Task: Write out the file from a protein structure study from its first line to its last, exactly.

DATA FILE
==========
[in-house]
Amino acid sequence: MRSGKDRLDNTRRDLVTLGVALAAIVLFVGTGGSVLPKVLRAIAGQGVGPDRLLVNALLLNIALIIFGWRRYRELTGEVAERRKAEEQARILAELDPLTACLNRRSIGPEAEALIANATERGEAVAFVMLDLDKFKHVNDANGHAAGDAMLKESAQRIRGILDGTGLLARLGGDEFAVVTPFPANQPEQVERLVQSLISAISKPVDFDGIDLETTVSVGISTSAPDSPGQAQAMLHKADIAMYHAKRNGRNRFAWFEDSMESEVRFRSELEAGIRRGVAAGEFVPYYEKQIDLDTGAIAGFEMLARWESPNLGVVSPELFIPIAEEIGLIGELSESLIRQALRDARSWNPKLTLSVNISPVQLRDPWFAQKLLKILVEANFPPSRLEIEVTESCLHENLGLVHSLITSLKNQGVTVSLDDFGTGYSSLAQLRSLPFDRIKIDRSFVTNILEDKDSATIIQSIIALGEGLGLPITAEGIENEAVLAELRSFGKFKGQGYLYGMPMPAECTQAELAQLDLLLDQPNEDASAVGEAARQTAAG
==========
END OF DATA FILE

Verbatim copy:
[in-house]
Amino acid sequence: MRSGKDRLDNTRRDLVTLGVALAAIVLFVGTGGSVLPKVLRAIAGQGVGPDRLLVNALLLNIALIIFGWRRYRELTGEVAERRKAEEQARILAELDPLTACLNRRSIGPEAEALIANATERGEAVAFVMLDLDKFKHVNDANGHAAGDAMLKESAQRIRGILDGTGLLARLGGDEFAVVTPFPANQPEQVERLVQSLISAISKPVDFDGIDLETTVSVGISTSAPDSPGQAQAMLHKADIAMYHAKRNGRNRFAWFEDSMESEVRFRSELEAGIRRGVAAGEFVPYYEKQIDLDTGAIAGFEMLARWESPNLGVVSPELFIPIAEEIGLIGELSESLIRQALRDARSWNPKLTLSVNISPVQLRDPWFAQKLLKILVEANFPPSRLEIEVTESCLHENLGLVHSLITSLKNQGVTVSLDDFGTGYSSLAQLRSLPFDRIKIDRSFVTNILEDKDSATIIQSIIALGEGLGLPITAEGIENEAVLAELRSFGKFKGQGYLYGMPMPAECTQAELAQLDLLLDQPNEDASAVGEAARQTAAG